The tag line is quite promising:

The power of FreeBSD kernel with familiarity of Ubuntu OS.

On paper, it sounds like a perfect match. On one hand you have the rock-solid stability of the BSD kernel (which is not the Linux kernel) married to the simplicity found in Ubuntu. If you’re curious why this would really matter, consider this of the BSD kernel:

  • The BSD kernel is not a stand-alone kernel, but rather is developed as part of a whole (which leads to improved system coherence)
  • The BSD kernel is developed with a more conservative point of view, which leads to more consistency
  • The BSD developers have made security a priority
  • The BSD kernel offers full support for ZFS

Considering that BSD is far closer to UNIX than is Linux, why would anyone go out of their way to merge it with Ubuntu? Two reasons. First, if you’re a long-time fan of Ubuntu and a long-time hater of systemd, UbuntuBSD might be the “systemd-less Ubuntu” you’ve been looking for. The second reason? Because one of the biggest complaints about BSD is that it’s more complex than it’s Linux relatives. That leads to one simple conclusion: far less usage. Even though BSD is an ideal platform for servers, it winds up little more than a wallflower at prom, watching all the cool Linux kids dancing the night away.

Enter, UbuntuBSD, an attempt to help nudge BSD into the spotlight, so it can enjoy a dance or two. The big question is: does it work? Did the developers of this powerhouse combo pull off what others have tried (think Dragonfly BSD and PC-BSD)? I installed an instance of UbuntuBSD to find out.


This is where UbuntuBSD first fails. If you’re a developer claiming the “familiarity of Ubuntu”, then making users work with an NCURSES-based installer is one of the last things you want. Why not go all the way and include a graphical installer? Don’t get me wrong, there’s really nothing wrong with the NCURSES installers (it works great for the Ubuntu Server), but when a platform wants to hang its hat on ease-of-use, insisting new users work through the text-based installer (Figure A) will only serve to turn a lot of people off.

Figure A

Once you manage to get past the installation process, you’ll find yourself at an Xfce login. Enter your credentials to be greeted by a fairly basic desktop (Figure B).

Figure B

Upon first login, I immediately noticed an error. The small red circle in the notification tray is indicative of an update issue. This is something I’ve encountered before on Ubuntu installations and was able to resolve. None of the usual tricks would resolve the issue (not even sudo aptitude safe-upgrade). This issue, of course, led me to discover one glaring problem with UbuntuBSD…the lack of a package manager frontend. Yes, UbuntuBSD includes a GUI tool for updates as well as update settings, but none for the process of installing packages. How is that, in any way, adding to the claim familiarity of Ubuntu? It’s not. Sure, you can drop to the command line and install all the available apps you want. You can even install the Synaptic package manager (with the command sudo apt-get install synaptic) and enjoy one of the older frontends for apt. Of course there is also the tasksel command (installed by default) that will allow you to install a number of related packages (LAMP server anyone?). However, when attempting to install a LAMP server with tasksel, the process errors out (turns out there are packages required for the LAMP server that aren’t available for this new distribution). Even attempting to install a Samba server (with the command sudo apt-get install samba-server^) ends with the same level of errors.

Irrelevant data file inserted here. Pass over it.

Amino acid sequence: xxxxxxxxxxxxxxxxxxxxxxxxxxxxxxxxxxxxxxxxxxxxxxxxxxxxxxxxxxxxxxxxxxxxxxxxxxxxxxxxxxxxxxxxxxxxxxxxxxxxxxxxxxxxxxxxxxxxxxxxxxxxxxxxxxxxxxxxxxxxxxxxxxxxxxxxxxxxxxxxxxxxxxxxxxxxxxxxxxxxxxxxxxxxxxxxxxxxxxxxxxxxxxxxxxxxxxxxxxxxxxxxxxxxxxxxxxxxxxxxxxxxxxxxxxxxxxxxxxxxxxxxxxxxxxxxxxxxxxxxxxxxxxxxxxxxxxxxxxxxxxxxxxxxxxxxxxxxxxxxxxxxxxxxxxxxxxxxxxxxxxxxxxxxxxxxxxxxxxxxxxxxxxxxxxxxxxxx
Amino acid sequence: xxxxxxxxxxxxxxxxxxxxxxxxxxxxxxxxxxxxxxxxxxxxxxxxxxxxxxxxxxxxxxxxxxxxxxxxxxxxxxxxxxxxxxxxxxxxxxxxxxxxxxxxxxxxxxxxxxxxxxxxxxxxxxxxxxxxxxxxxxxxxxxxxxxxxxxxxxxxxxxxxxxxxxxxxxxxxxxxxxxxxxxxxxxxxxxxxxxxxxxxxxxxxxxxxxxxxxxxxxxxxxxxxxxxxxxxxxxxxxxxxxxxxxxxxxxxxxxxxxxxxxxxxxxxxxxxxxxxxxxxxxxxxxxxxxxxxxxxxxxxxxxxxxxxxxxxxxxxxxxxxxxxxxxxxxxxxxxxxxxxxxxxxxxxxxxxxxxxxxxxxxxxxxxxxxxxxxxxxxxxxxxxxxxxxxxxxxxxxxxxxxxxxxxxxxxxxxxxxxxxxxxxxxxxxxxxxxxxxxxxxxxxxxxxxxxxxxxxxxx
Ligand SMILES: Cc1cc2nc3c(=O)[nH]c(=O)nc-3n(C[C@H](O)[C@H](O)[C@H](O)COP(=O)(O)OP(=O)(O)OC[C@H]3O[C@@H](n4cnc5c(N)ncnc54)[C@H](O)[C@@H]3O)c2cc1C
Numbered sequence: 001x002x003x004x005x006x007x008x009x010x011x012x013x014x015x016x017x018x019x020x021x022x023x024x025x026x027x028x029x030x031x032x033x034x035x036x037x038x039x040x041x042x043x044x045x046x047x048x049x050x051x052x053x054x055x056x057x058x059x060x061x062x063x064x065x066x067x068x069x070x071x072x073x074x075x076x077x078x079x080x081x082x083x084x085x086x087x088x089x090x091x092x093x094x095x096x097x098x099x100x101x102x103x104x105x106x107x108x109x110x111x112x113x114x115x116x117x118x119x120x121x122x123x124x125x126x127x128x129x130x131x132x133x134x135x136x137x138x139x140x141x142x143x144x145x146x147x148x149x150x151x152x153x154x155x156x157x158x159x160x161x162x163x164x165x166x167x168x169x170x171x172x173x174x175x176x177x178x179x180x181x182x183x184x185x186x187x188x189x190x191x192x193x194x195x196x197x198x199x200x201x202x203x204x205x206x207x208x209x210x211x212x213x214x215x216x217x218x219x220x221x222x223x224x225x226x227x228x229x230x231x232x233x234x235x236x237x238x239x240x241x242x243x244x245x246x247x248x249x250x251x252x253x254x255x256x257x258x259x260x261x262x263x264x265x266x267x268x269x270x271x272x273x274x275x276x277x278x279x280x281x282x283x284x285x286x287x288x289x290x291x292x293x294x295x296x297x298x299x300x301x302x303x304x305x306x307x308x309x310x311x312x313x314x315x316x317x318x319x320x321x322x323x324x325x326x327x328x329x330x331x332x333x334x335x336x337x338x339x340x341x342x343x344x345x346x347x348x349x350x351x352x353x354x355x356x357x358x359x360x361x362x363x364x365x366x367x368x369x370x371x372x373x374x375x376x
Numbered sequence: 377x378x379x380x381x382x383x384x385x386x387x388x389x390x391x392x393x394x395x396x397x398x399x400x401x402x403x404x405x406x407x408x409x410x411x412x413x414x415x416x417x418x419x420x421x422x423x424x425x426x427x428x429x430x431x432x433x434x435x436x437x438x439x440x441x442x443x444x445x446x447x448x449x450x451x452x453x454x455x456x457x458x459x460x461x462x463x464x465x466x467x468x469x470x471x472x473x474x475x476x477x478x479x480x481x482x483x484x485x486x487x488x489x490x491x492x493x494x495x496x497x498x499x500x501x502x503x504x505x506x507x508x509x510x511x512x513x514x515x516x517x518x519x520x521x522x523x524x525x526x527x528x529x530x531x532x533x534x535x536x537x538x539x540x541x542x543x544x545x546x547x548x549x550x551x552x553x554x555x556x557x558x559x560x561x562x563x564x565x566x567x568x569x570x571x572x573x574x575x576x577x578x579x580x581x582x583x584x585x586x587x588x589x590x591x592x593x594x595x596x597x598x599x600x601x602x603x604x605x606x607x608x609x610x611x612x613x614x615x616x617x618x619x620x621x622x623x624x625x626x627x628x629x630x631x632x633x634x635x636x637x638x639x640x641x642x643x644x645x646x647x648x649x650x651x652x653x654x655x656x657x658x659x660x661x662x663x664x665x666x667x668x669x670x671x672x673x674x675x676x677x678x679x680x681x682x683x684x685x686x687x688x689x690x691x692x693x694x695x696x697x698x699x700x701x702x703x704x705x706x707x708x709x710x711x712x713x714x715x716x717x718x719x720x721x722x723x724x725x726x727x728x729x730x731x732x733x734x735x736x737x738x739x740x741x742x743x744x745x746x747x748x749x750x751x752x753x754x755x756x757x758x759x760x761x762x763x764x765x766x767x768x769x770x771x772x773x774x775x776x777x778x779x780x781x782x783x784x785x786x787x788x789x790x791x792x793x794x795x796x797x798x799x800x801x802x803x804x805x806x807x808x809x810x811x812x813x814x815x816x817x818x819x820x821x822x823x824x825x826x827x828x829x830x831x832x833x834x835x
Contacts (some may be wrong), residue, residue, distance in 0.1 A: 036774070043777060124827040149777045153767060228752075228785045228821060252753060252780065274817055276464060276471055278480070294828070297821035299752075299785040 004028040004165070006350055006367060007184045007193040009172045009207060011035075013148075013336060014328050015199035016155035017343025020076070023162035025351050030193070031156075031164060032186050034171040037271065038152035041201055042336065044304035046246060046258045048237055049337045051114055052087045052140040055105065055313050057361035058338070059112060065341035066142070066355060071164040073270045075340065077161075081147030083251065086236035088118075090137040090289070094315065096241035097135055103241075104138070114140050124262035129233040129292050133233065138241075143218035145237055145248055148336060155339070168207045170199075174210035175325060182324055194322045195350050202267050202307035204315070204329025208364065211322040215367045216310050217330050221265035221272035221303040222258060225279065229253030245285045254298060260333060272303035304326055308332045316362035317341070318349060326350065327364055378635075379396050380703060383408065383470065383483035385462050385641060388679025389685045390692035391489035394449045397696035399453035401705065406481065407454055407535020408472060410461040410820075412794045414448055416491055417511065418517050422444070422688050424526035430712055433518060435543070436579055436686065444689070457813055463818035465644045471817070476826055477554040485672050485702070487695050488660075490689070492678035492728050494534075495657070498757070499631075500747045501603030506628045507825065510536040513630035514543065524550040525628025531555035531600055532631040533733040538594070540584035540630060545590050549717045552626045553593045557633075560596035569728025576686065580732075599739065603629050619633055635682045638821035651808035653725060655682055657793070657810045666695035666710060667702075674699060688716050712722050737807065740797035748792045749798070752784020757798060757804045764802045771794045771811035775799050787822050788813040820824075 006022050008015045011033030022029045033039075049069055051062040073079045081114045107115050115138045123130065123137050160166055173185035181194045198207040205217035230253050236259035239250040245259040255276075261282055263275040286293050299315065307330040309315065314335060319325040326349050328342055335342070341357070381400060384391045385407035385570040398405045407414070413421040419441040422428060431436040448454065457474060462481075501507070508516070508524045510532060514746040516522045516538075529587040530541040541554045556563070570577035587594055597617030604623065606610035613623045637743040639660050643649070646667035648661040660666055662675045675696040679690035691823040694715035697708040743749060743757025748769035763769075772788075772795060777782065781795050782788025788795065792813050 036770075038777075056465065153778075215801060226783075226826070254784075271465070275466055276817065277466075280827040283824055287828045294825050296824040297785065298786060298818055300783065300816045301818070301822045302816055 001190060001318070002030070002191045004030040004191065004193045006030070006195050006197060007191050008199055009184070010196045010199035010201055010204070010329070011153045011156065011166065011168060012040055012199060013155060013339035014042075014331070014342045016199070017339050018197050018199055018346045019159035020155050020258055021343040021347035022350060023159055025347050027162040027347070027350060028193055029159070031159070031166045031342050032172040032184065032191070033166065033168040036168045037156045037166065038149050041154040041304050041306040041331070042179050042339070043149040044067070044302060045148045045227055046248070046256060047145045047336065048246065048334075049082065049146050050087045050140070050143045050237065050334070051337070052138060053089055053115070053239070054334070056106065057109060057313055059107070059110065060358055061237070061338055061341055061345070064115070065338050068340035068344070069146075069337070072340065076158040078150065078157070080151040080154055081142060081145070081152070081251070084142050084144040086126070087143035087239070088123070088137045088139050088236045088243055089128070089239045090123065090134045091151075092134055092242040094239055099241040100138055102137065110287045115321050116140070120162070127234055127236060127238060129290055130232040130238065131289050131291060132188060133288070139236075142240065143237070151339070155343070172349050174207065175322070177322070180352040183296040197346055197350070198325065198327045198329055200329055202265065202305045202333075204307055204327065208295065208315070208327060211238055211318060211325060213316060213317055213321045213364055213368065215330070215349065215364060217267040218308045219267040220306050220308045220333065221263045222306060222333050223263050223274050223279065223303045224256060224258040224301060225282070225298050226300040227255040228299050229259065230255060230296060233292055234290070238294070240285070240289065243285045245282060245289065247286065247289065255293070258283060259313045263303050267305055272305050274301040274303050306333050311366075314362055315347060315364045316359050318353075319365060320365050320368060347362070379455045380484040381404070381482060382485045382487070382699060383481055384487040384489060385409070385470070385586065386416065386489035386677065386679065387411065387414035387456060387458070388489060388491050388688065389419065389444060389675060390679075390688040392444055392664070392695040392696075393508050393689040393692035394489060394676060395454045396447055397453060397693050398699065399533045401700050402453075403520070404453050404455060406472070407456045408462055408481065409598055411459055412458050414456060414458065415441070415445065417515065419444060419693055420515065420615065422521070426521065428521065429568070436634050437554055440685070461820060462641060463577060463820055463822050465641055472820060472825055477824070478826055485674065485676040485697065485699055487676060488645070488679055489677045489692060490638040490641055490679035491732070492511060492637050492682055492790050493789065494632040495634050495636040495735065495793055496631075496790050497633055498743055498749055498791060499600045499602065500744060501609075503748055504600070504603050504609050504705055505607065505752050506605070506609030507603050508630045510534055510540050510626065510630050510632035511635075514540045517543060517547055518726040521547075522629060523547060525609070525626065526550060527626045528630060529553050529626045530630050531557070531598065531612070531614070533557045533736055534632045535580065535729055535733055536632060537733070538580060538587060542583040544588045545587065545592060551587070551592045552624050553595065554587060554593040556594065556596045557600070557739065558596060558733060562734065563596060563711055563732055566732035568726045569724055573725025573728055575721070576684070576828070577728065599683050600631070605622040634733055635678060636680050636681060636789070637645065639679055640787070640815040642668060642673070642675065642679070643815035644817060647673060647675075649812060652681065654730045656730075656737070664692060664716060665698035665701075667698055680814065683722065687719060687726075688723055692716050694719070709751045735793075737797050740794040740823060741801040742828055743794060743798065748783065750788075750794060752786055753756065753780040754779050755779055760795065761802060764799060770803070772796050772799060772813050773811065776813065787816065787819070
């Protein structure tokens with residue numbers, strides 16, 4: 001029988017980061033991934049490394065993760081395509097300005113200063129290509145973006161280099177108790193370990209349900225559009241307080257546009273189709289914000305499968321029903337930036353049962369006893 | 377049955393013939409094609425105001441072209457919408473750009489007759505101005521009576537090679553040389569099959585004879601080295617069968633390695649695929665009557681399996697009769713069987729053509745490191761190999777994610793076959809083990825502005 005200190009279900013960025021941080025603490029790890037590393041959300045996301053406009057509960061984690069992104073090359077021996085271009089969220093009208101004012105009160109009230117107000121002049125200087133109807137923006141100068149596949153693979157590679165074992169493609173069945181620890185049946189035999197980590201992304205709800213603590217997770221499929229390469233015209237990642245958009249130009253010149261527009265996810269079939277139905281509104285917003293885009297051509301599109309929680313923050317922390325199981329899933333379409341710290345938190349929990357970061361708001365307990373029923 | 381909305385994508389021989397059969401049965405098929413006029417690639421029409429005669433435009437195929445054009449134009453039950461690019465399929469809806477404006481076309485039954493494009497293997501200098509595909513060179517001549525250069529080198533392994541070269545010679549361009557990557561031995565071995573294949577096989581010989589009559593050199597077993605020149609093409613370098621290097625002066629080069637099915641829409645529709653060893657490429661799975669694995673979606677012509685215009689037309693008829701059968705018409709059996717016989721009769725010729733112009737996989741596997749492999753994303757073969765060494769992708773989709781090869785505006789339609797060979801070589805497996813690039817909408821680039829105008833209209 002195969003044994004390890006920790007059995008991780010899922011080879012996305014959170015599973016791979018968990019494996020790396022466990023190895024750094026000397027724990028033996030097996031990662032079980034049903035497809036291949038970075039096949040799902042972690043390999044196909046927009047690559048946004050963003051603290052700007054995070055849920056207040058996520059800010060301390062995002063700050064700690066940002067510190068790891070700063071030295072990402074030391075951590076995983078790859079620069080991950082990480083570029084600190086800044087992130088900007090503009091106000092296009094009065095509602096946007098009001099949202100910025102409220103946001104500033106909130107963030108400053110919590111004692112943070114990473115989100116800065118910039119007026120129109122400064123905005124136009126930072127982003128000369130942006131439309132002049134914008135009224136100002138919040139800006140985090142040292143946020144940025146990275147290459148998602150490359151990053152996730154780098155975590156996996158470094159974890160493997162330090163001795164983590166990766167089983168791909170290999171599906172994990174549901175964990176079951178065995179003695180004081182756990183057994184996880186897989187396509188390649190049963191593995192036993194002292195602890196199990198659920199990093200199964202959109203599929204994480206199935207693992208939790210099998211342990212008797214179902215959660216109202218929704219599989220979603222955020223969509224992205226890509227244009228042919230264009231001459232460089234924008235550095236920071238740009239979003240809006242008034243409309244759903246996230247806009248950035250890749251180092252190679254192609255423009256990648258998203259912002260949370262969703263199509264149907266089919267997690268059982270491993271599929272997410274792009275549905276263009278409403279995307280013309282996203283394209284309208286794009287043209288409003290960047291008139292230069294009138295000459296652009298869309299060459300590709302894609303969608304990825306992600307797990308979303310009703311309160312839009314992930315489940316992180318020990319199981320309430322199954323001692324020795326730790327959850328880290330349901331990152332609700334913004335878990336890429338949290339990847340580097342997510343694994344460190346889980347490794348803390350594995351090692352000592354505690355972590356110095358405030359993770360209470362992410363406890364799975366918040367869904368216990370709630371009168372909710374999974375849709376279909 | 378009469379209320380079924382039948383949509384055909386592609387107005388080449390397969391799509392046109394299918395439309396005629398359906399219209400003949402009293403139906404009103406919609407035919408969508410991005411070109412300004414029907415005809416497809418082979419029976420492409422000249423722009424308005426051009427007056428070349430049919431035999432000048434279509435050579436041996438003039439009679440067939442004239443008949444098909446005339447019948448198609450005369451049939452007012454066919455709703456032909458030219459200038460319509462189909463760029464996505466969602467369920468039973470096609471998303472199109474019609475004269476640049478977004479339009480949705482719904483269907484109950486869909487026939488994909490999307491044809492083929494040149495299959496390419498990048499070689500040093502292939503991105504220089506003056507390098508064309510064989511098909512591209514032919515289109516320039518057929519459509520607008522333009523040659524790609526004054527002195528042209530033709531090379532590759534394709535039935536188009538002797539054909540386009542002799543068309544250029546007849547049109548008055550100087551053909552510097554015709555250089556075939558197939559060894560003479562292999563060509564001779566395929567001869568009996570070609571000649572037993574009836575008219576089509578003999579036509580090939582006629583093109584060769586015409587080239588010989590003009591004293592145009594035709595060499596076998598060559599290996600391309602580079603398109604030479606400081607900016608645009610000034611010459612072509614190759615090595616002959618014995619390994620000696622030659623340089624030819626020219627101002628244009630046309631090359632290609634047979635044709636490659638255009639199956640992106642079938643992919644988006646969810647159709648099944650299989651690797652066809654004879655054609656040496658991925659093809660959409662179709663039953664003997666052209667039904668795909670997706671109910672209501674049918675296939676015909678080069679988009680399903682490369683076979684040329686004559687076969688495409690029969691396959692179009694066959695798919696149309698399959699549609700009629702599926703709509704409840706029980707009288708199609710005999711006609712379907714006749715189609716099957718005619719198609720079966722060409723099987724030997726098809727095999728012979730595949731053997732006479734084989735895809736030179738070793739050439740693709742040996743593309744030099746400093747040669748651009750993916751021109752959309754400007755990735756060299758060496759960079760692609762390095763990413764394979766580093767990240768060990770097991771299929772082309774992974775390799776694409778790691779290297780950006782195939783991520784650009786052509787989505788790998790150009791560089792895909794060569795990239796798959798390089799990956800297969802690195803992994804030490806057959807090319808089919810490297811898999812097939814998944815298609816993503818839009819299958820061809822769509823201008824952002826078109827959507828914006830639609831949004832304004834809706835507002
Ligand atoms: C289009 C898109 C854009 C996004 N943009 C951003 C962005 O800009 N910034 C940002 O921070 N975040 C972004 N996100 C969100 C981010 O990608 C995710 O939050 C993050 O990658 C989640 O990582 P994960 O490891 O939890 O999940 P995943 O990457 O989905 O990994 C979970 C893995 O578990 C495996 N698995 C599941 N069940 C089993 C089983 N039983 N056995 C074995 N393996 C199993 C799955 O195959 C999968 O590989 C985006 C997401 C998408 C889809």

It’s beta, I get it

I understand this is a beta release. But I’ve used plenty of beta releases before and none of them seemed to fall short as hard and fast as UbuntuBSD. In defense of UbuntuBSD, however, they have undertaken a much more challenging task than simply creating a standard Linux distribution, so it is quite understandable that there will be serious issues until the platform finds its way out of beta. Nevertheless, that does not smooth over the fact that UbuntuBSD is more BSD than it is Ubuntu. In fact, this particular distribution seems little more than BSD with a bit of Xfce shine and the dulling headache brought about by the beta label.

The problems don’t end with the lack of a software installer (or the inability to install software from the command line). Even the task of opening LibreOffice fails. It’s a far stretch to point the finger of blame toward the beta tag for an office suite not running.

How I would fix some of the issues?

If UbuntuBSD really want to go full-on friendly, I would recommend (at least) the following:

  • Drop the Xfce desktop and opt for GNOME
  • Include the GNOME Software tool
  • Fix tasksel
  • Resolve the LibreOffice issue (issue points to unsupported locale and missing java runtime environment)
  • Enable users to actually restart or power down the machine from the GUI (out of the box, they can only log out)

Even so…

Even with the problems (some of which are glaring), UbuntuBSD offers some promise. If they can resolve the issues they will have something many users will want: a Ubuntu-like platform running a BDS kernel and no systemd. However, if they don’t resolve these issues quickly, what they’ll have is a forgotten distribution that will have gained zero traction. I applaud the developers and hope UbuntuBSD can find its place on the dance floor among competition that certainly knows how to cut a rug.

See also